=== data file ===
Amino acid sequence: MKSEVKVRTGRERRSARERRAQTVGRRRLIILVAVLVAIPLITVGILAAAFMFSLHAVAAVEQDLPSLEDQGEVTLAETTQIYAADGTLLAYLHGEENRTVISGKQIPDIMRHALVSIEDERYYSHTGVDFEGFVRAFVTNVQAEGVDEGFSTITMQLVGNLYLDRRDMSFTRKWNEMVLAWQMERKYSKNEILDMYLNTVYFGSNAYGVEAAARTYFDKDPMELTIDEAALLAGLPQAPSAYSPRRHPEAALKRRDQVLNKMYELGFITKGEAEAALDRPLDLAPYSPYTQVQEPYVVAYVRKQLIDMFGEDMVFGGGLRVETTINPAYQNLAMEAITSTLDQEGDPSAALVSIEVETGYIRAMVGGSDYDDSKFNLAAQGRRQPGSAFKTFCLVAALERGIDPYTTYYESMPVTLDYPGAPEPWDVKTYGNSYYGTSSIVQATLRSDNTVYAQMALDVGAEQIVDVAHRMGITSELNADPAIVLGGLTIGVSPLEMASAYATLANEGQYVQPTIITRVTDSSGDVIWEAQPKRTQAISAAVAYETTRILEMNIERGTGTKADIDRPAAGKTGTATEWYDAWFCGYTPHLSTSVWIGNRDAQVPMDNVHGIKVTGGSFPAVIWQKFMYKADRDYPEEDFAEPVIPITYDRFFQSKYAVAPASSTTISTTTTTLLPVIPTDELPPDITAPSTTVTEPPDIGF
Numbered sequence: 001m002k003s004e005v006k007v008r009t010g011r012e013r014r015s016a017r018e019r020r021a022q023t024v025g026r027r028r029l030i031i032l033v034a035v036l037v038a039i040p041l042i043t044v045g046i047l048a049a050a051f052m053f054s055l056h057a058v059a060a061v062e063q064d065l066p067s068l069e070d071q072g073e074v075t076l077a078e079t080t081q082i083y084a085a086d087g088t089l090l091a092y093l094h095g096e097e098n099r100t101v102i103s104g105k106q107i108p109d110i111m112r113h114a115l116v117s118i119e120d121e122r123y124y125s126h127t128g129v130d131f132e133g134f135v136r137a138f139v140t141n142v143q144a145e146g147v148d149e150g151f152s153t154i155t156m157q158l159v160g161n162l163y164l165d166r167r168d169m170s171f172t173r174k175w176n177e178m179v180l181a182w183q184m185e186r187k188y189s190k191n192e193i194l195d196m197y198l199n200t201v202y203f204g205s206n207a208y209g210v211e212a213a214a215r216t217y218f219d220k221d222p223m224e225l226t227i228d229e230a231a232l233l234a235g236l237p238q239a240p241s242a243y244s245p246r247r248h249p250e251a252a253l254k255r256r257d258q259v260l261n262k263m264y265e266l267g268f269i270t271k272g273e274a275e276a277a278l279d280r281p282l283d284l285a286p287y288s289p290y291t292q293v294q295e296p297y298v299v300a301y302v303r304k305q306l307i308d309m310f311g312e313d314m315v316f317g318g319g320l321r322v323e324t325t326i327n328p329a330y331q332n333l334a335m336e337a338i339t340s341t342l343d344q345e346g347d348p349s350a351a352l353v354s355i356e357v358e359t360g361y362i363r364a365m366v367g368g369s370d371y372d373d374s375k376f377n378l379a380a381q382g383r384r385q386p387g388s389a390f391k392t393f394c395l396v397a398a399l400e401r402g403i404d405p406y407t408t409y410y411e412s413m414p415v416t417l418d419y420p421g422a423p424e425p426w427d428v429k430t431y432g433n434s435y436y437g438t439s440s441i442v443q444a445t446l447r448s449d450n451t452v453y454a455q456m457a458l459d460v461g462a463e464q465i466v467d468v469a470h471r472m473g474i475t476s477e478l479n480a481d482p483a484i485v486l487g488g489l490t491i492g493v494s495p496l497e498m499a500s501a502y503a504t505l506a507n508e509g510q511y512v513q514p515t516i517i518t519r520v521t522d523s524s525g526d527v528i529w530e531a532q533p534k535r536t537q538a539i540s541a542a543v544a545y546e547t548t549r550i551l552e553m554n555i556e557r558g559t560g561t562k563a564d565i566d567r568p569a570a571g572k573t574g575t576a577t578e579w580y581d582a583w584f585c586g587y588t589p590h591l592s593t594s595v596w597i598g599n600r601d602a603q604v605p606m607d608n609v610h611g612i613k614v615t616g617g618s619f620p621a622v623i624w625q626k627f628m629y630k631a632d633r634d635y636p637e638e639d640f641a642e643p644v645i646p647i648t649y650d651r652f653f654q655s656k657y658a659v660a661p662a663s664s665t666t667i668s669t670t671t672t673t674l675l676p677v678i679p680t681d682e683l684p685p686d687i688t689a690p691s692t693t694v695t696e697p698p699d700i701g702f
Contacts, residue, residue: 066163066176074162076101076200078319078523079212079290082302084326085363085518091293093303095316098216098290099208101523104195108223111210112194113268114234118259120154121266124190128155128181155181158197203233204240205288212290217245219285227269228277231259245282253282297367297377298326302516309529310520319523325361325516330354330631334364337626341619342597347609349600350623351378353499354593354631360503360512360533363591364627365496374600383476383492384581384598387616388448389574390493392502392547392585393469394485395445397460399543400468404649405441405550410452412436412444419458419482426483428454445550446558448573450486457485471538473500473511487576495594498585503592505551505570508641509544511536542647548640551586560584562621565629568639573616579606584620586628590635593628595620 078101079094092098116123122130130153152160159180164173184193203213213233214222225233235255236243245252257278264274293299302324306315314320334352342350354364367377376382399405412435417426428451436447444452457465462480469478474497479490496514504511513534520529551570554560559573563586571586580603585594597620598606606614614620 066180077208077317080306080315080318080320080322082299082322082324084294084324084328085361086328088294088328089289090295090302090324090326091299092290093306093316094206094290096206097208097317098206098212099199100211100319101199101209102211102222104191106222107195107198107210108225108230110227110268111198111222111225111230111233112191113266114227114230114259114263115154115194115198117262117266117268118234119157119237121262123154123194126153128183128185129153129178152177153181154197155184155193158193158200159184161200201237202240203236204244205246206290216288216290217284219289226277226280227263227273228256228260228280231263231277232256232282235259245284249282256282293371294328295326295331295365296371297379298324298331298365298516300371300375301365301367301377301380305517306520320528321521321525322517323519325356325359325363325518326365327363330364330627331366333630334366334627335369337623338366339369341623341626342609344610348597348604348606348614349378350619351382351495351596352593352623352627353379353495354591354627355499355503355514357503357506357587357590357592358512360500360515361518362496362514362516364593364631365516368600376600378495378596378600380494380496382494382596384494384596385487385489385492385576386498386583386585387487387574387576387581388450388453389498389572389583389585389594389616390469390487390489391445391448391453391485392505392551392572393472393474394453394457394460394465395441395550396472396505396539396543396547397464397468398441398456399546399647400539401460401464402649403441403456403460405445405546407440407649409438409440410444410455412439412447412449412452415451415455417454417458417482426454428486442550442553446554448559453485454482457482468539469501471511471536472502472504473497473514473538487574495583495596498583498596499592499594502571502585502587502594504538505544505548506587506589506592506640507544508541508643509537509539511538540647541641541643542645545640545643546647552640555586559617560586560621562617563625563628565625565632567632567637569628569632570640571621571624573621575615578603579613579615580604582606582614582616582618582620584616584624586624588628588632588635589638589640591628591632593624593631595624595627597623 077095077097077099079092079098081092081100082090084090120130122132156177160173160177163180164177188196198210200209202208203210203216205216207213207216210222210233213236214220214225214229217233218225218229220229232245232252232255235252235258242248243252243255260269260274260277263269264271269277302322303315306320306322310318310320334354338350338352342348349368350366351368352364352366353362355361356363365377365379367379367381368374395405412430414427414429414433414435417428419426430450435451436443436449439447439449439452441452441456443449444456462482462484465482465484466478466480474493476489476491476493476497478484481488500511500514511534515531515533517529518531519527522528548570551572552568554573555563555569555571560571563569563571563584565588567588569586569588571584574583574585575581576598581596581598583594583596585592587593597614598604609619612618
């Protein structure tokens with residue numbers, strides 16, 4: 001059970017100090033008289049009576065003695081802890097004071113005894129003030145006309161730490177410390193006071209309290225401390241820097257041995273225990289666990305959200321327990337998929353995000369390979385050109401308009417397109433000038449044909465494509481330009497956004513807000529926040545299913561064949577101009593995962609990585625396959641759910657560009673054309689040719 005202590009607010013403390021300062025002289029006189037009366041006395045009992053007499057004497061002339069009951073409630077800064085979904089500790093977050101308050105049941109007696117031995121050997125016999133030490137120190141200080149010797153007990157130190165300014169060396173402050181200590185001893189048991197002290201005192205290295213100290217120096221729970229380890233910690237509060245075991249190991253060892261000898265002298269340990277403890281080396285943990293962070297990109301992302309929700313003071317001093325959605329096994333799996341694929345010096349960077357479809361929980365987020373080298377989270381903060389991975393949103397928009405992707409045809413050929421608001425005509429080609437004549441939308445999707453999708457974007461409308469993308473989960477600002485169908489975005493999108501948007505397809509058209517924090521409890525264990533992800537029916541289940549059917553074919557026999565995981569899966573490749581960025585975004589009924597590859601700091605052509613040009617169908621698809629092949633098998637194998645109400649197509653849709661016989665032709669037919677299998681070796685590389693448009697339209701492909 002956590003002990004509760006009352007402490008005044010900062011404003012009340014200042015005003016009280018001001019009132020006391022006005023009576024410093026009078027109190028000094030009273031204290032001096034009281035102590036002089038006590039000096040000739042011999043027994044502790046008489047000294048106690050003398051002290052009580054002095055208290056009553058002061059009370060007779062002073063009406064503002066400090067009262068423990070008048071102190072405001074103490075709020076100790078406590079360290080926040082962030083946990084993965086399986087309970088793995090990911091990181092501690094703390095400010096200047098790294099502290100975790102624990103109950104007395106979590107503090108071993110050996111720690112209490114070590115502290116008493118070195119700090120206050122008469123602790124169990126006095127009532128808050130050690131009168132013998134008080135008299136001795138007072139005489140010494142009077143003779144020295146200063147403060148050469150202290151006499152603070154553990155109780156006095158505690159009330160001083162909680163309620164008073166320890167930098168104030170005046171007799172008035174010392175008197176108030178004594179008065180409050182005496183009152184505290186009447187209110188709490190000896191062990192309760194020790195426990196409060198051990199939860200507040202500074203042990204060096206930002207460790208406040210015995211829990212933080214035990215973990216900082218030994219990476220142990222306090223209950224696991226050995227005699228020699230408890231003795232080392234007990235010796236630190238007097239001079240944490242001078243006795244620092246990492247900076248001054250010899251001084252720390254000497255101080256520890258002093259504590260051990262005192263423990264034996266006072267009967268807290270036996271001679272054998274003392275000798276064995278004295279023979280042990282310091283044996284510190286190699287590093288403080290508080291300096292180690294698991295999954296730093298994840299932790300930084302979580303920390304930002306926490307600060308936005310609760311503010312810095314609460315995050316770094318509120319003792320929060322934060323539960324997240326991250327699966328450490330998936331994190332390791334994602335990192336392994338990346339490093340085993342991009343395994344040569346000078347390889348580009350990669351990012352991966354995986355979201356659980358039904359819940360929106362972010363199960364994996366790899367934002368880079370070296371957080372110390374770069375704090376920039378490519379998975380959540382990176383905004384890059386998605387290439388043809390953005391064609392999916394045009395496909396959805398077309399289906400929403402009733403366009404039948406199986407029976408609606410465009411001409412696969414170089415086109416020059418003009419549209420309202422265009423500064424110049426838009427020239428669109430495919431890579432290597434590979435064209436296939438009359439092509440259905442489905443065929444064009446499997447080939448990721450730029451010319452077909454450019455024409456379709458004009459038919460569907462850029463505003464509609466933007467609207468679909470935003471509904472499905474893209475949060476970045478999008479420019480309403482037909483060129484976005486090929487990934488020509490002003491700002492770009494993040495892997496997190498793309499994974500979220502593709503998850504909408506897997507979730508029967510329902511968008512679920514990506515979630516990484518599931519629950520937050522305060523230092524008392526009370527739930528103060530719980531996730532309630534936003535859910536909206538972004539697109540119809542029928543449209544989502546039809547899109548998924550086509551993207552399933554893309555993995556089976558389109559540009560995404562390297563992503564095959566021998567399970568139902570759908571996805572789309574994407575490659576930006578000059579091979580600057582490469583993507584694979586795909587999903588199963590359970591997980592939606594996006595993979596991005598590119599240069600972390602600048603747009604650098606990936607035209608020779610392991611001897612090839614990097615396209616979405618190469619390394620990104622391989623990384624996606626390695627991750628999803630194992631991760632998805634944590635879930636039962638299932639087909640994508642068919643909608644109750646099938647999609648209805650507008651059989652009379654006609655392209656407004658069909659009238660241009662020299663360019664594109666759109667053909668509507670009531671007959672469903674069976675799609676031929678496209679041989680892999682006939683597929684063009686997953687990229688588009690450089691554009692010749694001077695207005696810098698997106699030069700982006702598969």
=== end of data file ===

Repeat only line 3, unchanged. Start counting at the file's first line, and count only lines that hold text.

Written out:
Contacts, residue, residue: 066163066176074162076101076200078319078523079212079290082302084326085363085518091293093303095316098216098290099208101523104195108223111210112194113268114234118259120154121266124190128155128181155181158197203233204240205288212290217245219285227269228277231259245282253282297367297377298326302516309529310520319523325361325516330354330631334364337626341619342597347609349600350623351378353499354593354631360503360512360533363591364627365496374600383476383492384581384598387616388448389574390493392502392547392585393469394485395445397460399543400468404649405441405550410452412436412444419458419482426483428454445550446558448573450486457485471538473500473511487576495594498585503592505551505570508641509544511536542647548640551586560584562621565629568639573616579606584620586628590635593628595620 078101079094092098116123122130130153152160159180164173184193203213213233214222225233235255236243245252257278264274293299302324306315314320334352342350354364367377376382399405412435417426428451436447444452457465462480469478474497479490496514504511513534520529551570554560559573563586571586580603585594597620598606606614614620 066180077208077317080306080315080318080320080322082299082322082324084294084324084328085361086328088294088328089289090295090302090324090326091299092290093306093316094206094290096206097208097317098206098212099199100211100319101199101209102211102222104191106222107195107198107210108225108230110227110268111198111222111225111230111233112191113266114227114230114259114263115154115194115198117262117266117268118234119157119237121262123154123194126153128183128185129153129178152177153181154197155184155193158193158200159184161200201237202240203236204244205246206290216288216290217284219289226277226280227263227273228256228260228280231263231277232256232282235259245284249282256282293371294328295326295331295365296371297379298324298331298365298516300371300375301365301367301377301380305517306520320528321521321525322517323519325356325359325363325518326365327363330364330627331366333630334366334627335369337623338366339369341623341626342609344610348597348604348606348614349378350619351382351495351596352593352623352627353379353495354591354627355499355503355514357503357506357587357590357592358512360500360515361518362496362514362516364593364631365516368600376600378495378596378600380494380496382494382596384494384596385487385489385492385576386498386583386585387487387574387576387581388450388453389498389572389583389585389594389616390469390487390489391445391448391453391485392505392551392572393472393474394453394457394460394465395441395550396472396505396539396543396547397464397468398441398456399546399647400539401460401464402649403441403456403460405445405546407440407649409438409440410444410455412439412447412449412452415451415455417454417458417482426454428486442550442553446554448559453485454482457482468539469501471511471536472502472504473497473514473538487574495583495596498583498596499592499594502571502585502587502594504538505544505548506587506589506592506640507544508541508643509537509539511538540647541641541643542645545640545643546647552640555586559617560586560621562617563625563628565625565632567632567637569628569632570640571621571624573621575615578603579613579615580604582606582614582616582618582620584616584624586624588628588632588635589638589640591628591632593624593631595624595627597623 077095077097077099079092079098081092081100082090084090120130122132156177160173160177163180164177188196198210200209202208203210203216205216207213207216210222210233213236214220214225214229217233218225218229220229232245232252232255235252235258242248243252243255260269260274260277263269264271269277302322303315306320306322310318310320334354338350338352342348349368350366351368352364352366353362355361356363365377365379367379367381368374395405412430414427414429414433414435417428419426430450435451436443436449439447439449439452441452441456443449444456462482462484465482465484466478466480474493476489476491476493476497478484481488500511500514511534515531515533517529518531519527522528548570551572552568554573555563555569555571560571563569563571563584565588567588569586569588571584574583574585575581576598581596581598583594583596585592587593597614598604609619612618